Pope faces ongoing pressure over widespread priest abuse

It seems that neither the Pope nore the Catholic Church has the will nor knows the way to properly deal with decades of widespread abuse by priests around the world.

The forgiveness card won’t wash until the Pope and the church fully accept responsibility and make clear changes to address the problem – including properly holding abusive priests to account. This means stopping trying to sweep the scandal under their pompous robes.


It has happened here in New Zealand (both the abuse and the lack of appropriate action).  ODT: Communities respond to abuse: Dunedin opted for ‘prayer and penance’

There are no immediate plans for the Catholic Diocese of Dunedin to follow in Wellington’s footsteps by asking priests to fast to atone for historic sexual abuse by clergy.

It was reported yesterday priests in the Wellington region were spending the day praying and fasting to atone for clerical sexual abuse.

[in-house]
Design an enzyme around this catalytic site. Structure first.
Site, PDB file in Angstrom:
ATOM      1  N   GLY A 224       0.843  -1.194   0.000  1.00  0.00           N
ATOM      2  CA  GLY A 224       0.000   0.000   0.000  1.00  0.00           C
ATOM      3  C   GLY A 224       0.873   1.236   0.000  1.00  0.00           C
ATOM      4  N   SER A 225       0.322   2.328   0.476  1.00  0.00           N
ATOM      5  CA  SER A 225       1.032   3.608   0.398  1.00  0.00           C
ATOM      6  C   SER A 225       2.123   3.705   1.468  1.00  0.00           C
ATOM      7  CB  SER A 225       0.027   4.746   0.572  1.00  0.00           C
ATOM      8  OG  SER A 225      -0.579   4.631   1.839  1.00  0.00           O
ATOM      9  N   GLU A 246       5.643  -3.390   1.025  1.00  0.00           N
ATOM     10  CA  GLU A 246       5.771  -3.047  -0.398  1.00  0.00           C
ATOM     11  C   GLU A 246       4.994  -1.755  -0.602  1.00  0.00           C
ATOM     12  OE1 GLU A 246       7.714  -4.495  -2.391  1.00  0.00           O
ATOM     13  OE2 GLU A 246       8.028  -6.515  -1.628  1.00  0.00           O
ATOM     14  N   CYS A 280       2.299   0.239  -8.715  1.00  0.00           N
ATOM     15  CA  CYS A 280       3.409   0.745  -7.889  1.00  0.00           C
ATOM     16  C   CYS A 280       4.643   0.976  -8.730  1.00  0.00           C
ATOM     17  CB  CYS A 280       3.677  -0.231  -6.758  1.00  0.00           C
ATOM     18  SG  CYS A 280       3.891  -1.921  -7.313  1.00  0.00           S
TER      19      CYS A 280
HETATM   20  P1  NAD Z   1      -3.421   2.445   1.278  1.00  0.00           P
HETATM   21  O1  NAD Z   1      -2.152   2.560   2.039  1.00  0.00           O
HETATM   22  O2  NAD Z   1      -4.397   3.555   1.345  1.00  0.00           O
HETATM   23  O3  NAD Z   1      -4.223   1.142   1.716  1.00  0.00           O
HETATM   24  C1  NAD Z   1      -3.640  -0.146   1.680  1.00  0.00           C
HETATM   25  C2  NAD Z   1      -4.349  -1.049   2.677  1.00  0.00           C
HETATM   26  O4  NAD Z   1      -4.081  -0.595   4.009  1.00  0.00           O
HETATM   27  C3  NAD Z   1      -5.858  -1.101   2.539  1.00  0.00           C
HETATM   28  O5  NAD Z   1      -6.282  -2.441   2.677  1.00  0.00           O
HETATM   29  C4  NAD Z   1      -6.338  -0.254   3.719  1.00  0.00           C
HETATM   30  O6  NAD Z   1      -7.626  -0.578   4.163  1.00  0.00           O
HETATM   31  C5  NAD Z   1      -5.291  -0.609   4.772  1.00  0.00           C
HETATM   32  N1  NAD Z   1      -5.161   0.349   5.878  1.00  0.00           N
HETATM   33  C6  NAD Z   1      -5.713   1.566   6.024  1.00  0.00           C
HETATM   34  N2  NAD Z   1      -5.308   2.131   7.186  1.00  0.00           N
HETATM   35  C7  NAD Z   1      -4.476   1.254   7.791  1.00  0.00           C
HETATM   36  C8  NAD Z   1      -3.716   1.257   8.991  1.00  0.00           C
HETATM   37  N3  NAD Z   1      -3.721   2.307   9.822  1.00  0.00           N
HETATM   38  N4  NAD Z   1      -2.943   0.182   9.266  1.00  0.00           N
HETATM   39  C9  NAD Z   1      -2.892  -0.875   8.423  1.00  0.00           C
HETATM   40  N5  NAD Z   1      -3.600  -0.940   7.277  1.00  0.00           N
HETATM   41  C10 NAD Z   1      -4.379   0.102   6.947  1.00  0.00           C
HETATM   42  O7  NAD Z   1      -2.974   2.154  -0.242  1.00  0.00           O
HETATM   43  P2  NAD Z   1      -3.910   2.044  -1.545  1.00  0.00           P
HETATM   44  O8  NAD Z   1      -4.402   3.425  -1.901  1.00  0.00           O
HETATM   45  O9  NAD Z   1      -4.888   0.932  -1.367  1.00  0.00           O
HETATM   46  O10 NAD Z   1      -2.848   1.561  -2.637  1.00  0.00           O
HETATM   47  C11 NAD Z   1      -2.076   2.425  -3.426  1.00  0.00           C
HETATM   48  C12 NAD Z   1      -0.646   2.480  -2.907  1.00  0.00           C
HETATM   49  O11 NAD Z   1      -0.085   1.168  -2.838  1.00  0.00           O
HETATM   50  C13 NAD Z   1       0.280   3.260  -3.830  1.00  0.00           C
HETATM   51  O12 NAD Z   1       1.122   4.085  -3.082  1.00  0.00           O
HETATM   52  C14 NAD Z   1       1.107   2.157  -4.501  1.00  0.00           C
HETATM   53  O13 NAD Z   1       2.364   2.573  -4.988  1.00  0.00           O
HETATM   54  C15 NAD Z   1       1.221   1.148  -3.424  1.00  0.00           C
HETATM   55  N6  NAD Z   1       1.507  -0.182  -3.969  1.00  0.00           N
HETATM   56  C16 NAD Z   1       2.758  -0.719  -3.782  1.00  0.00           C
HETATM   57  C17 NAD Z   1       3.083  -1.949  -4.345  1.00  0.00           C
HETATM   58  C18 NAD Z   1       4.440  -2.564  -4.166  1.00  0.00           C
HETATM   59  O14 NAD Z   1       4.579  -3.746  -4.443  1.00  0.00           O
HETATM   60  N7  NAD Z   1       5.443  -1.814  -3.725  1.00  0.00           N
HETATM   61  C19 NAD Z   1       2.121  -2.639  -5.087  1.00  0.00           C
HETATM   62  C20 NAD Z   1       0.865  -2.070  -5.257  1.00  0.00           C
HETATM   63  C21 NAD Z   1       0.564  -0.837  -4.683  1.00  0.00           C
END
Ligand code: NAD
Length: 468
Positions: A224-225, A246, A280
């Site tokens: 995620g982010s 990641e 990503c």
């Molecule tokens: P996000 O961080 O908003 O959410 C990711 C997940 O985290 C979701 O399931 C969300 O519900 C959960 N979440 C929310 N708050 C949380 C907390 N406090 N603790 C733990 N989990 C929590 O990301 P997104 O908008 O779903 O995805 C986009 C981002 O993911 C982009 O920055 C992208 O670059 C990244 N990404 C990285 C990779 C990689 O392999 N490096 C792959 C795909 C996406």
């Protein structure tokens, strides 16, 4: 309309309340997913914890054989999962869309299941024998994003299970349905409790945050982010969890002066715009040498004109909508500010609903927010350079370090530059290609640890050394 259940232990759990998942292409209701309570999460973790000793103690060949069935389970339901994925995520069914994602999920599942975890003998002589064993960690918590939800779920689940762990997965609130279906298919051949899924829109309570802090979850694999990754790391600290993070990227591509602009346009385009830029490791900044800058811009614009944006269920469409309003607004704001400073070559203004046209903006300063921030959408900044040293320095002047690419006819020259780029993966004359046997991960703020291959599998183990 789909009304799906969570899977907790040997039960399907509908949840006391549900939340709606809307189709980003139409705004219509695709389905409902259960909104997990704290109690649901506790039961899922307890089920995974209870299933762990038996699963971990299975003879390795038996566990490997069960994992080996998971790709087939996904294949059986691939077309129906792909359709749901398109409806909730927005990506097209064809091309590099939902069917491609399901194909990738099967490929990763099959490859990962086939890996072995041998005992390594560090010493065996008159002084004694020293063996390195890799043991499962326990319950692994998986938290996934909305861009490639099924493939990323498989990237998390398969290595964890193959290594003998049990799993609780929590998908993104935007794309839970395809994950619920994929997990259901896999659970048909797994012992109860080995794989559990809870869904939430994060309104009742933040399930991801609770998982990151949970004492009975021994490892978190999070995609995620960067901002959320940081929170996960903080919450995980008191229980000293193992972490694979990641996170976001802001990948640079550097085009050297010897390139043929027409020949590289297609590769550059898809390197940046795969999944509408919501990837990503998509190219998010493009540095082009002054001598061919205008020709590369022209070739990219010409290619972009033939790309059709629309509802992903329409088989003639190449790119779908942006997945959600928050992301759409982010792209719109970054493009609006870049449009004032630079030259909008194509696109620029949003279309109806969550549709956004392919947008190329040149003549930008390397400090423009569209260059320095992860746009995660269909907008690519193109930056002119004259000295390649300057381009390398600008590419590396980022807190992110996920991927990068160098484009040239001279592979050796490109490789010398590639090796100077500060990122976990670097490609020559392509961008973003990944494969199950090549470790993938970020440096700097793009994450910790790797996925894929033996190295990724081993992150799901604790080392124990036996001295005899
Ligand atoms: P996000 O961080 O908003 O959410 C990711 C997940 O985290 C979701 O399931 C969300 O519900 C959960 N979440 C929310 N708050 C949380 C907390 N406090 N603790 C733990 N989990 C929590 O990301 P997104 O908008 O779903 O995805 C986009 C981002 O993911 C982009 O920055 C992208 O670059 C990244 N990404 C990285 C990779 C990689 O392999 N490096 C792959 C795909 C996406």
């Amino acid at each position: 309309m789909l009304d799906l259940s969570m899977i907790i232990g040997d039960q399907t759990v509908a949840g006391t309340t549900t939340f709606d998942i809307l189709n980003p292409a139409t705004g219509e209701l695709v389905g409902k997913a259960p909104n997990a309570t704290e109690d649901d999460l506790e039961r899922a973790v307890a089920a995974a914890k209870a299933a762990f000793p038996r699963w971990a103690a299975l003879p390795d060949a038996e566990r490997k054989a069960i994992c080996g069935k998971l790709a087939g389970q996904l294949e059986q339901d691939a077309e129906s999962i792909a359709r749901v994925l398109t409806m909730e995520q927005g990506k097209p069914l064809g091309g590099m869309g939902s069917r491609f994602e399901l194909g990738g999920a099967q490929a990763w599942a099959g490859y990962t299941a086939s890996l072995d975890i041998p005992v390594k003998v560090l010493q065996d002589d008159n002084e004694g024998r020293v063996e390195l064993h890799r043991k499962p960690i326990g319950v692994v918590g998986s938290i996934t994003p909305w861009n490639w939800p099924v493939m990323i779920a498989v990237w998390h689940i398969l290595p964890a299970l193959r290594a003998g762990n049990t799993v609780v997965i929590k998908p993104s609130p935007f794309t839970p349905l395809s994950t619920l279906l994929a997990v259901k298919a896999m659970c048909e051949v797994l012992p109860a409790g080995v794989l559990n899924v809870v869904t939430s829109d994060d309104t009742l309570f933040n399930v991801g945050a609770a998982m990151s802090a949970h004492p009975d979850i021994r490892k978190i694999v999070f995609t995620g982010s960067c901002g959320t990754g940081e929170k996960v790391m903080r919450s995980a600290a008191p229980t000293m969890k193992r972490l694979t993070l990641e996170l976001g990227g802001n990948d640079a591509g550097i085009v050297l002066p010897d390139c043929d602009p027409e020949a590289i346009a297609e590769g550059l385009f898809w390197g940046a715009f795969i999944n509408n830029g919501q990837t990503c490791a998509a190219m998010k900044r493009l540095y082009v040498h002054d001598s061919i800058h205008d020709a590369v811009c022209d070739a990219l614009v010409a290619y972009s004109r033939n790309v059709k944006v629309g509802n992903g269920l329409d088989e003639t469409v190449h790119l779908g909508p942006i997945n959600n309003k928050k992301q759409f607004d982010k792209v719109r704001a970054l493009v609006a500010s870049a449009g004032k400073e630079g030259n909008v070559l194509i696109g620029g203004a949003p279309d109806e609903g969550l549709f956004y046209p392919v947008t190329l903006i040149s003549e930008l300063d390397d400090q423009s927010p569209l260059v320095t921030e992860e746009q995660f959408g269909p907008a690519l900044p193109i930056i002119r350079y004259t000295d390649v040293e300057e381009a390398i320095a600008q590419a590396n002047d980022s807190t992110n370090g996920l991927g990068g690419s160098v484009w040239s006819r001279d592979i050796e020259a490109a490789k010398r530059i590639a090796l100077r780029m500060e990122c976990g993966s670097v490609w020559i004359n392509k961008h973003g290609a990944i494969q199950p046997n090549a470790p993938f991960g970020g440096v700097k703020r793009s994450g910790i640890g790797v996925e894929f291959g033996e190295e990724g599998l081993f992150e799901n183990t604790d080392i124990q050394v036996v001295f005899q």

The gesture followed a letter from Pope Francis in August, in which he asked all Catholics to fast and pray in order that their ears might be opened to the “hushed pain felt by children and young people” as a result of clerical abuse,  RNZ  reported.

Monsignor Gerry Burns, the vicar-general of the Wellington Archdiocese, said priests decided to fast as a way of committing to a change of heart and church structures which allowed child abuse to flourish. Dunedin Bishop the Most Rev Michael Dooley said yesterday he “definitely” saw merit in the event, but there were no immediate plans for priests to fast in Dunedin.

Instead, a day of “prayer and penance” was held last week  at St Joseph’s Church in Brockville, he said.

They remain alarmingly out of touch.

A “moderate” number of people attended throughout the day, he said.

Bishop Dooley was also “looking at ways that we can gather in prayer and reflection to address the trauma of sexual abuse”.

The Bishops and the Pope can’t continue to try to hide behind prayer on this.